NCPA - National Center for Policy Analysis


July 6, 2005

Colleges across the United States are establishing programs in Women's Studies and an analysis of five of those universities -- East Carolina, N.C. State, UNC-Chapel Hill, UNC-Charlotte and UNC-Greensboro -- revealed that interest in the programs is weak and declining. Overall, the programs fail to achieve academically worthwhile objectives while imposing a cost burden upon university budgets, says Melana Zyla Vickers (Pope Center for Higher Education Policy).

The study tested three areas: student interest, course material, and funding.

Do students want women's studies programs?

  • In 2003, UNC-Chapel Hill had 15,089 undergraduates and only four graduated with a major in Women's Studies; meanwhile, UNC-Greensboro had 12 out of 10,751 undergraduates interested in the same major.
  • East Carolina had one graduate, while UNC-Charlotte, which only offers a minor in this area of study, showed an upswing in enrollment, with 17 undergrads.
  • N.C. State had only nine students enrolled in the Introduction to Women's Studies course out off 22,971 students.

Do the programs' faculty members teach meritorious, rigorous academic material, as measured by mainstream academic standards?

  • An examination of course syllabi suggests that the material is better described as polemical, doctrinaire and highly selective rather than meritorious and rigorous, says Vickers.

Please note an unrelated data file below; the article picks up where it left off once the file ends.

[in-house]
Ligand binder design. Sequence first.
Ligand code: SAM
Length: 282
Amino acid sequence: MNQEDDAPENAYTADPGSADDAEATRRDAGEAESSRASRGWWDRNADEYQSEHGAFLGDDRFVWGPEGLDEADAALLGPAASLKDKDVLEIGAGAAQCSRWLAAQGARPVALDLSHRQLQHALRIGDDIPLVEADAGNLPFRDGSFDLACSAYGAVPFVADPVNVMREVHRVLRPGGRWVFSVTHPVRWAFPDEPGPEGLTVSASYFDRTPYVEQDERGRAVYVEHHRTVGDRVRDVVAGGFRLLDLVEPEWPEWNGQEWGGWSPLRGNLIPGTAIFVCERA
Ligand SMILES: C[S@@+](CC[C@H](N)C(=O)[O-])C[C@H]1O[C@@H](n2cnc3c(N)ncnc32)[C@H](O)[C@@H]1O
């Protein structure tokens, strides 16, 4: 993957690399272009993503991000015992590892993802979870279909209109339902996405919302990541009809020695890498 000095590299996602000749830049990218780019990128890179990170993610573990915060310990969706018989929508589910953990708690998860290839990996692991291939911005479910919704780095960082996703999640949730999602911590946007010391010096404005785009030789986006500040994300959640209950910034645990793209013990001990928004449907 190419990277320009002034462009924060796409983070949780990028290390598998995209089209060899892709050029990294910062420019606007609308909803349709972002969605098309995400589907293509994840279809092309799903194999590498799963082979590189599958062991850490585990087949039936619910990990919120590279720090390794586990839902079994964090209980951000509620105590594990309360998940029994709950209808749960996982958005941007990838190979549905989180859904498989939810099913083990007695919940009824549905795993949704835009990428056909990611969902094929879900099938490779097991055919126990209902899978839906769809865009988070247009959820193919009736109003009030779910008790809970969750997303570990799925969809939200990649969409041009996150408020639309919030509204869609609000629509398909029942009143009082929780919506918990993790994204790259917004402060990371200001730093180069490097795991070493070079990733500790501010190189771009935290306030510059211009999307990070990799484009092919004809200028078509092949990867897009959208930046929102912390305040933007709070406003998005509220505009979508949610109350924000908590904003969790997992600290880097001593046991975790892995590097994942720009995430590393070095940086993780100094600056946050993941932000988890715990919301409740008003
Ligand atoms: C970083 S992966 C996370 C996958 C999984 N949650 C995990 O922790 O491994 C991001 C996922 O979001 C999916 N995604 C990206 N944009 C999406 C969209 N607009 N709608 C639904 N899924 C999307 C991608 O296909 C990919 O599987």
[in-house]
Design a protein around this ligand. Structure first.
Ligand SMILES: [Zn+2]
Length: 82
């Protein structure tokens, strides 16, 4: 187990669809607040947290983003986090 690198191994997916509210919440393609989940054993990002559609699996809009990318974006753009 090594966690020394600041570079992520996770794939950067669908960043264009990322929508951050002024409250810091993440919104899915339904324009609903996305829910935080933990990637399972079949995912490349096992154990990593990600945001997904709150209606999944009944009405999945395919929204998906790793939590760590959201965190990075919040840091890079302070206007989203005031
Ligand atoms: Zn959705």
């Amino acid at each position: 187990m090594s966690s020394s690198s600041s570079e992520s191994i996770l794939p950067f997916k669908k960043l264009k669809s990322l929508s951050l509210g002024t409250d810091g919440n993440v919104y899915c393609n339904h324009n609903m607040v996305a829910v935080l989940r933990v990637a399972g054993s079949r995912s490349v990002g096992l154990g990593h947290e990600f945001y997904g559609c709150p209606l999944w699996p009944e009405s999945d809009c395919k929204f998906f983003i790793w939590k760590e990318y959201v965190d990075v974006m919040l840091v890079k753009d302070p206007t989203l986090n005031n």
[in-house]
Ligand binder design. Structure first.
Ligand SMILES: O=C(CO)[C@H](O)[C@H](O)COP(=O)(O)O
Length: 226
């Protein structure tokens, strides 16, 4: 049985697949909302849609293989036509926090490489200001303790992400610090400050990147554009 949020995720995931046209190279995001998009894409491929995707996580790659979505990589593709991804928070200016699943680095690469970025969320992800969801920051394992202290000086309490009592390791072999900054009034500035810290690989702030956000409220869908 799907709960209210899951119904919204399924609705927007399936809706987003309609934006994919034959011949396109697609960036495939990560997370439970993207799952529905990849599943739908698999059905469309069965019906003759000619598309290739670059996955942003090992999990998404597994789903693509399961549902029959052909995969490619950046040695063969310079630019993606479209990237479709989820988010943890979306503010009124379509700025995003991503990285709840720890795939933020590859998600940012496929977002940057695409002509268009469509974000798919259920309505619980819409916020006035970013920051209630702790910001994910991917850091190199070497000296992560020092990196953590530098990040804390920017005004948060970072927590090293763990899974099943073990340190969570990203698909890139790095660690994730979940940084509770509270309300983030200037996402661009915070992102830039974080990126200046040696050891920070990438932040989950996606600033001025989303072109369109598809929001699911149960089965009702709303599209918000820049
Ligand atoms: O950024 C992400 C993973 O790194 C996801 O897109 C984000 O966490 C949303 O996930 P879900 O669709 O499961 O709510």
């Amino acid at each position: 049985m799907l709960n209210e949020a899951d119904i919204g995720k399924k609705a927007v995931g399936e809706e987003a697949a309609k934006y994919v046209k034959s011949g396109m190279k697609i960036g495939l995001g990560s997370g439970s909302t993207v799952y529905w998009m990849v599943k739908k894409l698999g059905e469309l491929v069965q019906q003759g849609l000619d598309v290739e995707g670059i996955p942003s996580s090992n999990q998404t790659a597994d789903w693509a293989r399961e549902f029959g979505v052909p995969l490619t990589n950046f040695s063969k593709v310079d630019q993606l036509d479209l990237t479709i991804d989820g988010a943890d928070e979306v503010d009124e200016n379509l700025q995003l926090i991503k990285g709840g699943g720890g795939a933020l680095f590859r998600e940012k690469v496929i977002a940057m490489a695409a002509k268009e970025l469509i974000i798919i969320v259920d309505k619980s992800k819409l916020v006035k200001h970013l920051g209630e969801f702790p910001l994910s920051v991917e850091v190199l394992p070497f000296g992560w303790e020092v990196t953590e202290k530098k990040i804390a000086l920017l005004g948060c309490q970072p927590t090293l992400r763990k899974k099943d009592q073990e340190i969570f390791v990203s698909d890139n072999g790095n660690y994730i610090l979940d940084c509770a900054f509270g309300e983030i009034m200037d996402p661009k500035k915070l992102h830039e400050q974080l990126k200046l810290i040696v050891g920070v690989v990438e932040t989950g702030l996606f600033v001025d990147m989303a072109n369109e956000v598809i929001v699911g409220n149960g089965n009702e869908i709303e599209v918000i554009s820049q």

• She adds that all five of the programs give exclusive billing to Marxist and proto-Marxist theories; not one programs devotes a single course to a dissenting -- conservative, free-market libertarian or other -- view of women.

Are the programs dependent on taxpayer money? The answer: yes.

  • Programs at UNC-Charlotte and N.C. State are wholly funded by taxpayer money, while UNC-Greensboro'Women's Studies received about $92,000 in state funds and $5,000 from private funds; that's 94 percent taxpayer funding.
  • Additionally, UNC-Chapel Hill's Women's Studies received $418,190 in state-government dollars in 2004, versus $83,402 in gift/trust funds; that's 83 percent taxpayer funding.

Source: Melana Zyla Vickers, "An Empty Room of One's Own: A Critical Look at the Women's Studies Programs of North Carolina's Publicly Funded Universities," Pope Center for Higher Education Policy: Inquiry Papers No. 21, March 30, 2005.

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